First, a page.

But if you live in the US (or anywhere outside of Scandinavia for that matter) and you want to enjoy a piece of rye bread or any other type of Scandinavian baking, you are more likely than not going to have to bake it yourself. And no, German pumpernickel is not a perfectly fine substitute to a piece of true Scandinavian ‘rugbrød’!
Whether you are cooking for a special holiday occasion or, like us, you just like to wake up to the sweet smell and unrivaled taste of home-baked bread, you have probably been wondering where to get your hands on some fresh yeast.
While in some recipes you can get away with substituting fresh yeast (also called compressed or cake yeast) with dry or instant yeast, most often this exchange will simply not deliver the same level of control over the fermentation and proofing of a dark bread to achieve the characteristic deep and sour taste of rye.
So, where do you go to buy fresh yeast?
Unless you happen to live next to a real bakery – you know, one that actually employs skilled bakers and bakes its own bread on the premises – one who uses fresh yeast, and who is willing to sell you some of that yeast (yep, we know the odds are low)… chances are you will be hard pressed. It is unlikely you will find it in your neighborhood stores (although we have heard that the Pacific North West is endowed with a decent amount of natural food stores that carry fresh yeast).
For online shopping, we usually turn to The New York Bakers. They sell a 1lb block of fresh compressed yeast for $9.95. Add to that the cost of overnight shipping at roughly 10 dollars, and this is clearly not your ordinary little cube of yeast as we find it in Scandinavian supermarkets. Nope, this is a bulk volume pack meant for commercial customers. But the great thing is they also sell to private customers – in fact, when you check out their selection, you’ll find that they offer a lot of interesting tools and ingredients for the serious home baker of Scandinavian goodies.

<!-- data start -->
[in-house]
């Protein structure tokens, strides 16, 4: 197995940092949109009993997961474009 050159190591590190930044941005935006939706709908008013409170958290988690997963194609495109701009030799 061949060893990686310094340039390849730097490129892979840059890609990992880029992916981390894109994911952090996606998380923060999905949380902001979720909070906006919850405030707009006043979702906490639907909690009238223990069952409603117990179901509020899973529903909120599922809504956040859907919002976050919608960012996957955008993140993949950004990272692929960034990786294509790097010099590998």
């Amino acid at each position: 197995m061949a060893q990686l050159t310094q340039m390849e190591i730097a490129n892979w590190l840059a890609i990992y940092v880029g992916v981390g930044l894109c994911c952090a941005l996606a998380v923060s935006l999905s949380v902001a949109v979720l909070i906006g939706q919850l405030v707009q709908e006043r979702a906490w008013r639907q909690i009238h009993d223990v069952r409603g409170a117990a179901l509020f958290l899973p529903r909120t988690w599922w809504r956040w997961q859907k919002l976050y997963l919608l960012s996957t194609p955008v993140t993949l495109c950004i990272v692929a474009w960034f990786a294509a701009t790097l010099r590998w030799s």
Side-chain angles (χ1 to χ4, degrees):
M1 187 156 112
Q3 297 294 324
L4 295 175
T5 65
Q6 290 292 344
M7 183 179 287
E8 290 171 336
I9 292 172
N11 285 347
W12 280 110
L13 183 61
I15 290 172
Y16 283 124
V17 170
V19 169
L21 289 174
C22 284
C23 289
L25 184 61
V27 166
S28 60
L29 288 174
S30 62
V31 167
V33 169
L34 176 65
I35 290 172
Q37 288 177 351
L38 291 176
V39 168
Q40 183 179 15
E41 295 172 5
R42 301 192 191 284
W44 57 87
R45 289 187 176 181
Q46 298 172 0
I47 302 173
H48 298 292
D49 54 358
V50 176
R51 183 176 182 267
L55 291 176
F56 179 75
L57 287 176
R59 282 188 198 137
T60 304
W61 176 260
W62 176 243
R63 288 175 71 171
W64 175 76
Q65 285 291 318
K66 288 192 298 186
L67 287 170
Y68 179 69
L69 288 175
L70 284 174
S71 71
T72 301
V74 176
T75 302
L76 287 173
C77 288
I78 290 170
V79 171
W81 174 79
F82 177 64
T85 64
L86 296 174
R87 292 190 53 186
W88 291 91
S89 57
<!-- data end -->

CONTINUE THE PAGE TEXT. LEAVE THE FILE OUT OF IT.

Buy in bulk and share with friends
You’re probably thinking: “1lb of yeast! That would last me a lifetime… except it won’t stay good that long.” Our solution is to divide it between friends; that makes it more economical and you’re likely to use most of it before it spoils. Yeast keeps for 2-3 months in the fridge.
Another online source is MyDeli.us, which sells a Dr. Oetker cube of 42 grams of fresh yeast for $1.49. However, you still have to count the price for overnight shipping to ensure freshness of the yeast – making this little cube unreasonably expensive. Update: As of March 2016, Dr. Oetker is no longer selling fresh yeast online.
Or perhaps it’s time we get serious about Scandinavian baking and take it to the next level by making our own levain? That would certainly circumvent the whole yeast dilemma. There’s a time – and a bread – for everything, and sometimes we still need a cube of good old fresh yeast.
Tell us, what do you do in your home-baking projects: substitute fresh yeast for dry or instant yeast; source fresh yeast with a local bakery, natural foods store or online; or bake with a levain instead?